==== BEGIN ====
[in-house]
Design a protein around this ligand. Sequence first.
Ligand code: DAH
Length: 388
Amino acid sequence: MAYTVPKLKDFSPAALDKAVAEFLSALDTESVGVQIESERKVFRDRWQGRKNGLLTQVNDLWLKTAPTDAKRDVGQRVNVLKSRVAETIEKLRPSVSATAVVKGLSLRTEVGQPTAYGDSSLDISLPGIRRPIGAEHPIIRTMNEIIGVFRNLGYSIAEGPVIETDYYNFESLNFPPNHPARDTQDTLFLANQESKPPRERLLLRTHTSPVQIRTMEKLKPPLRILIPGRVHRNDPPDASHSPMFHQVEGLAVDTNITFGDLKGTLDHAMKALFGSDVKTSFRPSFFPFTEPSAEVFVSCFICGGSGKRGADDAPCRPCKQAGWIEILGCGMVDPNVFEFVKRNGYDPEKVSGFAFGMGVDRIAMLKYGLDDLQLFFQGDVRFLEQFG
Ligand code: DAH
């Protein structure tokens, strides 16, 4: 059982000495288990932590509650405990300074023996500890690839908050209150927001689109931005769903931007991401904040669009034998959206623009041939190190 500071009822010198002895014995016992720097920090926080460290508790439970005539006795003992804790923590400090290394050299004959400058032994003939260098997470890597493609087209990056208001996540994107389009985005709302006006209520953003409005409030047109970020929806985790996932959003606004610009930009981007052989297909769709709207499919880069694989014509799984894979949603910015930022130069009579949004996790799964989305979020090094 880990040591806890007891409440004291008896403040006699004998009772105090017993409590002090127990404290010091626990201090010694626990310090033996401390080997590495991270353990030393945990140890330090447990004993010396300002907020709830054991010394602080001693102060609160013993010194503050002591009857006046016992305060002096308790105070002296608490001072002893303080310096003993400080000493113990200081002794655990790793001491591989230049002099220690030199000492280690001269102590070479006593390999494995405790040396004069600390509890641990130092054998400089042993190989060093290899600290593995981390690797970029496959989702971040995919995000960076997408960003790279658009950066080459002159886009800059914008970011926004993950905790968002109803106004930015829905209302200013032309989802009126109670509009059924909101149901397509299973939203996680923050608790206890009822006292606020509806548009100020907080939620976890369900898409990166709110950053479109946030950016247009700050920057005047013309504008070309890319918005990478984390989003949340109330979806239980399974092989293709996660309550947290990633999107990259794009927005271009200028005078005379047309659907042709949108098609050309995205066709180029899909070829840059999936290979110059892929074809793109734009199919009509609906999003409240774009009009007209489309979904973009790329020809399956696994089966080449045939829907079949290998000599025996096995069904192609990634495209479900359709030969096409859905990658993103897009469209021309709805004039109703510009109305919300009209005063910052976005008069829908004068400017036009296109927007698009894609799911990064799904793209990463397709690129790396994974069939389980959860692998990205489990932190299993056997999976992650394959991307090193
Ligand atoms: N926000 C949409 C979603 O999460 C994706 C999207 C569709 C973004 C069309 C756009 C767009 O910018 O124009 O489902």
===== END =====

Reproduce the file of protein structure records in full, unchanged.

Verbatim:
[in-house]
Design a protein around this ligand. Sequence first.
Ligand code: DAH
Length: 388
Amino acid sequence: MAYTVPKLKDFSPAALDKAVAEFLSALDTESVGVQIESERKVFRDRWQGRKNGLLTQVNDLWLKTAPTDAKRDVGQRVNVLKSRVAETIEKLRPSVSATAVVKGLSLRTEVGQPTAYGDSSLDISLPGIRRPIGAEHPIIRTMNEIIGVFRNLGYSIAEGPVIETDYYNFESLNFPPNHPARDTQDTLFLANQESKPPRERLLLRTHTSPVQIRTMEKLKPPLRILIPGRVHRNDPPDASHSPMFHQVEGLAVDTNITFGDLKGTLDHAMKALFGSDVKTSFRPSFFPFTEPSAEVFVSCFICGGSGKRGADDAPCRPCKQAGWIEILGCGMVDPNVFEFVKRNGYDPEKVSGFAFGMGVDRIAMLKYGLDDLQLFFQGDVRFLEQFG
Ligand code: DAH
């Protein structure tokens, strides 16, 4: 059982000495288990932590509650405990300074023996500890690839908050209150927001689109931005769903931007991401904040669009034998959206623009041939190190 500071009822010198002895014995016992720097920090926080460290508790439970005539006795003992804790923590400090290394050299004959400058032994003939260098997470890597493609087209990056208001996540994107389009985005709302006006209520953003409005409030047109970020929806985790996932959003606004610009930009981007052989297909769709709207499919880069694989014509799984894979949603910015930022130069009579949004996790799964989305979020090094 880990040591806890007891409440004291008896403040006699004998009772105090017993409590002090127990404290010091626990201090010694626990310090033996401390080997590495991270353990030393945990140890330090447990004993010396300002907020709830054991010394602080001693102060609160013993010194503050002591009857006046016992305060002096308790105070002296608490001072002893303080310096003993400080000493113990200081002794655990790793001491591989230049002099220690030199000492280690001269102590070479006593390999494995405790040396004069600390509890641990130092054998400089042993190989060093290899600290593995981390690797970029496959989702971040995919995000960076997408960003790279658009950066080459002159886009800059914008970011926004993950905790968002109803106004930015829905209302200013032309989802009126109670509009059924909101149901397509299973939203996680923050608790206890009822006292606020509806548009100020907080939620976890369900898409990166709110950053479109946030950016247009700050920057005047013309504008070309890319918005990478984390989003949340109330979806239980399974092989293709996660309550947290990633999107990259794009927005271009200028005078005379047309659907042709949108098609050309995205066709180029899909070829840059999936290979110059892929074809793109734009199919009509609906999003409240774009009009007209489309979904973009790329020809399956696994089966080449045939829907079949290998000599025996096995069904192609990634495209479900359709030969096409859905990658993103897009469209021309709805004039109703510009109305919300009209005063910052976005008069829908004068400017036009296109927007698009894609799911990064799904793209990463397709690129790396994974069939389980959860692998990205489990932190299993056997999976992650394959991307090193
Ligand atoms: N926000 C949409 C979603 O999460 C994706 C999207 C569709 C973004 C069309 C756009 C767009 O910018 O124009 O489902």